8. #8: Weatherford College

    Established in March 1869, Weatherford College is the oldest continuing community college in the southwestern United States. The college offers a vocational nursing certificate, two pathways to an associate of applied science (AAS) degree in nursing, and an online RN-to-BSN degree completion program. The LVN certificate prepares students for entry-level positions in clinics, doctor’s offices, and hospitals. Approximately 40-60 students graduate from the LVN program each year, with a stellar 93% first-time NCLEX-PN pass rate over the past decade. The AAS program prepares students for more advanced positions in a range of healthcare environments. Weatherford College offers both a traditional four-semester track and an LVN-to-RN transition track. Across the two tracks, the college graduates approximately 150 students annually, with a strong 90% first-time NCLEX-RN pass rate over the past decade. The RN-to-BSN program provides a 12-month pathway for registered nurses with an associate degree or diploma to earn a baccalaureate degree. The curriculum is delivered 100% online; courses that require clinical components are completed through class and preceptor projects.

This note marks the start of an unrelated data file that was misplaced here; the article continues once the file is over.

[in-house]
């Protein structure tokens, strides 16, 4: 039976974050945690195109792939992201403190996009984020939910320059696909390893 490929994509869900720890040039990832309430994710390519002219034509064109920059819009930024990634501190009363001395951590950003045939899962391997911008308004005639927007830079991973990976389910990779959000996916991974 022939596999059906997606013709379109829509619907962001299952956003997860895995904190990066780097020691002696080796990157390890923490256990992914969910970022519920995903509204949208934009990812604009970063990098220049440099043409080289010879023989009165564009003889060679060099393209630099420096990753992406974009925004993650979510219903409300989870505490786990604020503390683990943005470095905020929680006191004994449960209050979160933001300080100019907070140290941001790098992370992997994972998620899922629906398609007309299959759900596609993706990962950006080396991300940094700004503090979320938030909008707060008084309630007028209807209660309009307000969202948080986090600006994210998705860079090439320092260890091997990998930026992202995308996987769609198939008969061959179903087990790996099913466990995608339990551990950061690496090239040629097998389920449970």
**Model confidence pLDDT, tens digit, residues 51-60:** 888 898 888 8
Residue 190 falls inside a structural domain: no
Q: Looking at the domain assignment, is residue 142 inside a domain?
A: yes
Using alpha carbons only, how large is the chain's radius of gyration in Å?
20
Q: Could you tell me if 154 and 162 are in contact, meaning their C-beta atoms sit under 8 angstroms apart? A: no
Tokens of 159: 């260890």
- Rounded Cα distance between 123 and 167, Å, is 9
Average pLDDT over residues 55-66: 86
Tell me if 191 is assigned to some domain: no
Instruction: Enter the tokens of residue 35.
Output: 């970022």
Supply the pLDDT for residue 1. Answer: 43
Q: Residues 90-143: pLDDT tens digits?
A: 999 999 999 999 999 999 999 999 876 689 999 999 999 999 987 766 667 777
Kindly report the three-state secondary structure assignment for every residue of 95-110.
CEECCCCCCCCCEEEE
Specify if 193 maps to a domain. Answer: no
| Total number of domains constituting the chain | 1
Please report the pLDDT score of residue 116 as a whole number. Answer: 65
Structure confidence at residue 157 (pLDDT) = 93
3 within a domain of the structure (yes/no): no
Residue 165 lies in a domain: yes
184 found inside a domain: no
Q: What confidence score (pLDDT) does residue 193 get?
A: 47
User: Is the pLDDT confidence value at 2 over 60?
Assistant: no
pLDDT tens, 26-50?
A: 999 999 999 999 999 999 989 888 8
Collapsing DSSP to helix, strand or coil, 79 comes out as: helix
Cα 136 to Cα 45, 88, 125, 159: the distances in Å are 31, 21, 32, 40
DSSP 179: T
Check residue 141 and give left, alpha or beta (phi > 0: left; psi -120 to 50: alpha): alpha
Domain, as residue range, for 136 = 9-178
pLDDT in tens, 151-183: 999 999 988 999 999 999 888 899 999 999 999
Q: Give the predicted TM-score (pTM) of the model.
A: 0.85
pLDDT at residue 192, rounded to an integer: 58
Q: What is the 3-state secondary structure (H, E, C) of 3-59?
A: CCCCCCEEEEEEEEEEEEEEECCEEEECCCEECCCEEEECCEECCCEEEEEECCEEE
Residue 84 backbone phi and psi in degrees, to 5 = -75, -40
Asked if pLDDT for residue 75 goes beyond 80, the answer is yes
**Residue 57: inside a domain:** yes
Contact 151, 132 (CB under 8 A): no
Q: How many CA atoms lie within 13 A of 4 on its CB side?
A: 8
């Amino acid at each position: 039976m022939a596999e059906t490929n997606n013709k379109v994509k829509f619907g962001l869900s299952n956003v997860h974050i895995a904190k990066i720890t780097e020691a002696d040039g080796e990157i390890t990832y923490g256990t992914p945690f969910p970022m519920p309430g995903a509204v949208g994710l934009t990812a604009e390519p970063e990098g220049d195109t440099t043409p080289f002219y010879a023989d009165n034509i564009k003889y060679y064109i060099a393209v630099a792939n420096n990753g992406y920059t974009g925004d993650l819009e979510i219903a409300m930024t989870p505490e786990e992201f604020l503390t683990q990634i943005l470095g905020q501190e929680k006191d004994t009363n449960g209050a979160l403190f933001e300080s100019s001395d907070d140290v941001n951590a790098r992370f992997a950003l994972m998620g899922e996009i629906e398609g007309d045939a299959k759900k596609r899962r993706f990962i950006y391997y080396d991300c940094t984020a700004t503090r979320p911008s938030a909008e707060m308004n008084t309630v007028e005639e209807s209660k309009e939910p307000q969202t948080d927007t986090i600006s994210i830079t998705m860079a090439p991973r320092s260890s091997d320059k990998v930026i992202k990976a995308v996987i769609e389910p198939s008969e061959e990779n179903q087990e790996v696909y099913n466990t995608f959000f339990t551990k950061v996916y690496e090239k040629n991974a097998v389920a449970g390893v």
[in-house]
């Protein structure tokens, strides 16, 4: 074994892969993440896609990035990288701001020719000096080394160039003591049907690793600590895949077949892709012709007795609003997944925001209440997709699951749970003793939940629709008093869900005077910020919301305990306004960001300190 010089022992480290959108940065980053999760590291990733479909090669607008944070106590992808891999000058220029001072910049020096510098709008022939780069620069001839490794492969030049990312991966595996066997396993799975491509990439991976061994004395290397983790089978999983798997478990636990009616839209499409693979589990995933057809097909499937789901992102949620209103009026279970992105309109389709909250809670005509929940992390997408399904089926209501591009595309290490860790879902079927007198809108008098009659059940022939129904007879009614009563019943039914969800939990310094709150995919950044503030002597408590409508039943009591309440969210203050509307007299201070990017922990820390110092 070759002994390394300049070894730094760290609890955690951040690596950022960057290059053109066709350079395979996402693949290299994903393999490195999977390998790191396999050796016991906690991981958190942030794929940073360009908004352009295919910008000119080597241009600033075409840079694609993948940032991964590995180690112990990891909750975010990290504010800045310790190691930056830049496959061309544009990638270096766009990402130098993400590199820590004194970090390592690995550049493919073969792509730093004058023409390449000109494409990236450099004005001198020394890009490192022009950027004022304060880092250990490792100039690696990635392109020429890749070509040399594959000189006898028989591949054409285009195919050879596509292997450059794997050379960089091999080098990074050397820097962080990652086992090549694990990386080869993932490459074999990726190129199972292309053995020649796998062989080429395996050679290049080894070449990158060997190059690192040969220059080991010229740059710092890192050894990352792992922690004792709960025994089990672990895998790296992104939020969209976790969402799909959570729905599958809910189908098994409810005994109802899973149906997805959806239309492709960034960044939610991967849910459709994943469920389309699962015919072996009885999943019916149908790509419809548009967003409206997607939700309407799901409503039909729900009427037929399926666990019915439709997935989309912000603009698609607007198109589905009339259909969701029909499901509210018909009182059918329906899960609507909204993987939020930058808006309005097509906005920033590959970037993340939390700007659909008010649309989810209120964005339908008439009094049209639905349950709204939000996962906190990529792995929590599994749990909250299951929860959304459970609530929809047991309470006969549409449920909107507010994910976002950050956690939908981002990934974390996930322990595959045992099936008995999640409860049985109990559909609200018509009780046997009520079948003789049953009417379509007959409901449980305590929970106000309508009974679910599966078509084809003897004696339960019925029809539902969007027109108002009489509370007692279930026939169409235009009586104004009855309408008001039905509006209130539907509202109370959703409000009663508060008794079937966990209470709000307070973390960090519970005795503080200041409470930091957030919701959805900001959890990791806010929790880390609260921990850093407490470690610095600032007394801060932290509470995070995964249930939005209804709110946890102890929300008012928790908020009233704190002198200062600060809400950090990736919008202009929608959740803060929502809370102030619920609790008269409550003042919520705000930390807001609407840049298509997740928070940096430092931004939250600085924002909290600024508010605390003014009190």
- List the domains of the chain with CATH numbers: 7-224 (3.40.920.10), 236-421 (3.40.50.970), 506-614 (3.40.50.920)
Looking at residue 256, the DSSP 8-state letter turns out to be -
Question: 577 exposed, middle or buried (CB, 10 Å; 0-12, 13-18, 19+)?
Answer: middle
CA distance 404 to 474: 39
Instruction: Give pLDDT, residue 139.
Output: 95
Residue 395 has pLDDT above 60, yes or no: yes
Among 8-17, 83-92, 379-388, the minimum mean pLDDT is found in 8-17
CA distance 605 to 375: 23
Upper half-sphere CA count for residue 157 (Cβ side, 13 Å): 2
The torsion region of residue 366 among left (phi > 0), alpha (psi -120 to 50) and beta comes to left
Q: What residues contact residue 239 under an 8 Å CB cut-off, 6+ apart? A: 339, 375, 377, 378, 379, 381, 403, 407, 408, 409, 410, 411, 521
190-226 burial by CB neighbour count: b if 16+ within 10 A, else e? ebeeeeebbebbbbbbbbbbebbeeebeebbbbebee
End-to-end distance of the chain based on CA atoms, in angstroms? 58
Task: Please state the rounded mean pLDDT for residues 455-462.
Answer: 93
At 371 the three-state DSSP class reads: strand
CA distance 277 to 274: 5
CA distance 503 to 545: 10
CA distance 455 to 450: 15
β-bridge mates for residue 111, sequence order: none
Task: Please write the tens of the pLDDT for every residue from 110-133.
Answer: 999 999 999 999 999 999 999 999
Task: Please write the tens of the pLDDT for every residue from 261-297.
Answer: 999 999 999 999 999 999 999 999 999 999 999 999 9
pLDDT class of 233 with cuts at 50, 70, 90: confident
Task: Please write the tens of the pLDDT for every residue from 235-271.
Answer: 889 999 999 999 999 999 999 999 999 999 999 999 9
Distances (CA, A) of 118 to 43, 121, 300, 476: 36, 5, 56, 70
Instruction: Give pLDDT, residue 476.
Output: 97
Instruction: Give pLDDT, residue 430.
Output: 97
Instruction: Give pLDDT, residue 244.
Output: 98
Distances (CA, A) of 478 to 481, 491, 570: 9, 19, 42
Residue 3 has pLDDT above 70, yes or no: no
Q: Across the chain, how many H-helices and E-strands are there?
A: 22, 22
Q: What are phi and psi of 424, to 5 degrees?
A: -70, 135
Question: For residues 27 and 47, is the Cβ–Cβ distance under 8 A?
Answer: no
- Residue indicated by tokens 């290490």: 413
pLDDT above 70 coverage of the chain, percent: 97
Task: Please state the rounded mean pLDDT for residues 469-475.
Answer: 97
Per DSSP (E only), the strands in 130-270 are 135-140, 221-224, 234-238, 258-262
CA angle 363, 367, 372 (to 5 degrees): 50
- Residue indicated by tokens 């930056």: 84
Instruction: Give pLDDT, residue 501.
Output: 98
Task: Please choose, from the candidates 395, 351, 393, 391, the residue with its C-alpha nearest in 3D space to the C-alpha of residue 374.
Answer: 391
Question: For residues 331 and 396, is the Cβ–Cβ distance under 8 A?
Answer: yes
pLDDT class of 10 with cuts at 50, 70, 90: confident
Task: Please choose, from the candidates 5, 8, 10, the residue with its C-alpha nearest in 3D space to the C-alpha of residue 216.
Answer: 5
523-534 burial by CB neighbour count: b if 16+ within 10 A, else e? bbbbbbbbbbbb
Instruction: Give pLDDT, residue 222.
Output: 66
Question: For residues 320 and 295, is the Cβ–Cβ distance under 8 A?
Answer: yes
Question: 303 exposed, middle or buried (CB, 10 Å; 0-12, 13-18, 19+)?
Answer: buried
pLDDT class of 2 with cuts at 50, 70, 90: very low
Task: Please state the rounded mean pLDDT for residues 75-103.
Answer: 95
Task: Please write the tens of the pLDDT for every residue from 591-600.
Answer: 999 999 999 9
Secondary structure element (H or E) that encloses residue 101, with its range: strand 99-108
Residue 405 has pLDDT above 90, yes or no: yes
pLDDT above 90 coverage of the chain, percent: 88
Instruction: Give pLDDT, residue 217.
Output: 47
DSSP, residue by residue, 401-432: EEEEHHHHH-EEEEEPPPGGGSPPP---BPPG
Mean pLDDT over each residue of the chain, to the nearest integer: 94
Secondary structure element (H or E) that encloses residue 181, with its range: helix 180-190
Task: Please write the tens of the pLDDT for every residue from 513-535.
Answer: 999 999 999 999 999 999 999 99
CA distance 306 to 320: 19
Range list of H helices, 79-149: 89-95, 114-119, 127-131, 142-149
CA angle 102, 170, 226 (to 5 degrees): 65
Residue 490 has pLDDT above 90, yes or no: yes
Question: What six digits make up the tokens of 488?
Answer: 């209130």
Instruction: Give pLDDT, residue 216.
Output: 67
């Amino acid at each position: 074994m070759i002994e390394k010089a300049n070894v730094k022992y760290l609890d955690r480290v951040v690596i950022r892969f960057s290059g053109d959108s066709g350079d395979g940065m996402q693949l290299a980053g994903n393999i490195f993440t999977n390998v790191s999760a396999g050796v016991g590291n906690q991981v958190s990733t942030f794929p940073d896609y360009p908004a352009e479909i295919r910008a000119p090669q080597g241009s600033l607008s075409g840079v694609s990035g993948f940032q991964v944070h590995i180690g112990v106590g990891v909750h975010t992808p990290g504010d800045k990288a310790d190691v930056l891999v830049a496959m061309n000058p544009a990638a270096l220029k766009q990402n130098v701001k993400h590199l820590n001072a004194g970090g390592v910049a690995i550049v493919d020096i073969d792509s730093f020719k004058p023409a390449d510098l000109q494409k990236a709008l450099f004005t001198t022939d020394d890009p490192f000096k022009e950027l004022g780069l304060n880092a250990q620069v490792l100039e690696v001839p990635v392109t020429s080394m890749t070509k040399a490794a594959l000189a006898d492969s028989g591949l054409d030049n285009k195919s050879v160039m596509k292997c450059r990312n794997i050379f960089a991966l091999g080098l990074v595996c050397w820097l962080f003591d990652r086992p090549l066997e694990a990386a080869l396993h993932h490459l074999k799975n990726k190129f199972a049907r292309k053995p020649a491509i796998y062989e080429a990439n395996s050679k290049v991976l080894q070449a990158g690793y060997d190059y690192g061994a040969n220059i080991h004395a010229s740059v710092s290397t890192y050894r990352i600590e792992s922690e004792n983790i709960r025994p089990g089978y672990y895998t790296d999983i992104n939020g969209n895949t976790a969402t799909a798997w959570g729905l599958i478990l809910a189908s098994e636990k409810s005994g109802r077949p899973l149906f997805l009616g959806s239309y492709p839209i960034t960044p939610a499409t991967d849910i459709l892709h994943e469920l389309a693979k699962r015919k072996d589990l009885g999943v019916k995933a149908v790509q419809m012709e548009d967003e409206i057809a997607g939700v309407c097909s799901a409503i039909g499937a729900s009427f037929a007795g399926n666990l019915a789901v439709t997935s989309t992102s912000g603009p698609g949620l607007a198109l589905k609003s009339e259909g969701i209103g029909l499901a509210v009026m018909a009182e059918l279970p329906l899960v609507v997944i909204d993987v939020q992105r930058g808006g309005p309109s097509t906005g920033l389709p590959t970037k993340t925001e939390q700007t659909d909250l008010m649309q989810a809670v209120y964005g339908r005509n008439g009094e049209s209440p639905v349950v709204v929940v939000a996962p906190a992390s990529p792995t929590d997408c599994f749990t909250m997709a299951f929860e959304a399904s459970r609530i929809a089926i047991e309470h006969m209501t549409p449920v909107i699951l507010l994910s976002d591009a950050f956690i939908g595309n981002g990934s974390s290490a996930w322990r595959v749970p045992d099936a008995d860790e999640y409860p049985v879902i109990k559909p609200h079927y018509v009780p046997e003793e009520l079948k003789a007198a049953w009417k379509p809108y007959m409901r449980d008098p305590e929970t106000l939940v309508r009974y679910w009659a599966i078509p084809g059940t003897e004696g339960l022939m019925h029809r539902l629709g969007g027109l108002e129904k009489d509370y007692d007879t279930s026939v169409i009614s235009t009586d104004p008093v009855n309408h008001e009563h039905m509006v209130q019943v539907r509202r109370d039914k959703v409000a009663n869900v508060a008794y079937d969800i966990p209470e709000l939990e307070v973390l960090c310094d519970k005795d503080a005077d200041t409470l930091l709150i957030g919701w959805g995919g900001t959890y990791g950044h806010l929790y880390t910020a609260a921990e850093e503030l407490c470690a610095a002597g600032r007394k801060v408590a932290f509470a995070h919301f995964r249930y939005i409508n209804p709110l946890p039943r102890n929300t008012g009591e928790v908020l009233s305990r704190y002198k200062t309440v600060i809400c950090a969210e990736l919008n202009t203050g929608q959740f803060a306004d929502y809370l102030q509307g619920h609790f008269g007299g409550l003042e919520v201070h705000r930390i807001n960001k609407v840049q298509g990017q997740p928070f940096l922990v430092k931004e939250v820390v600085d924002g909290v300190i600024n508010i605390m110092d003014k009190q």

9. #9: Southwestern Adventist University

    Southwestern Adventist University has a Nursing Department renowned for its small class sizes and personalized mentoring. The school’s BSN program offers two prelicensure pathways: a traditional four-year curriculum and an accelerated five-semester LVN-to-BSN bridge. Over the past decade, students in these two pathways have scored an 86% first-time pass rate on the NCLEX-RN licensure exam, including an impressive 90% pass rate since 2016. Southwestern also offers a postlicensure RN-to-BSN pathway that qualified nurses may complete in just one year of full-time study. The Nursing Department recently received a grant from the Ardmore Institute of Health to expand its health and lifestyle education efforts within the local community.

  10. #10: Collin College

    The Collin College Nursing Department offers three ADN pathways for aspiring nurses: a traditional program, an LVN-to-RN bridge, and a medic / paramedic fast-track program. The traditional program requires four semesters of study, while the LVN and medic advanced placement pathways may be completed in just three semesters. Coursework includes psychology, growth and development, professional nursing concepts, and healthcare concepts. Across all pathways, Collin College graduates 100-150 ADN students annually. These individuals have achieved an excellent 90% pass rate on the NCLEX-RN licensure exam over the past decade.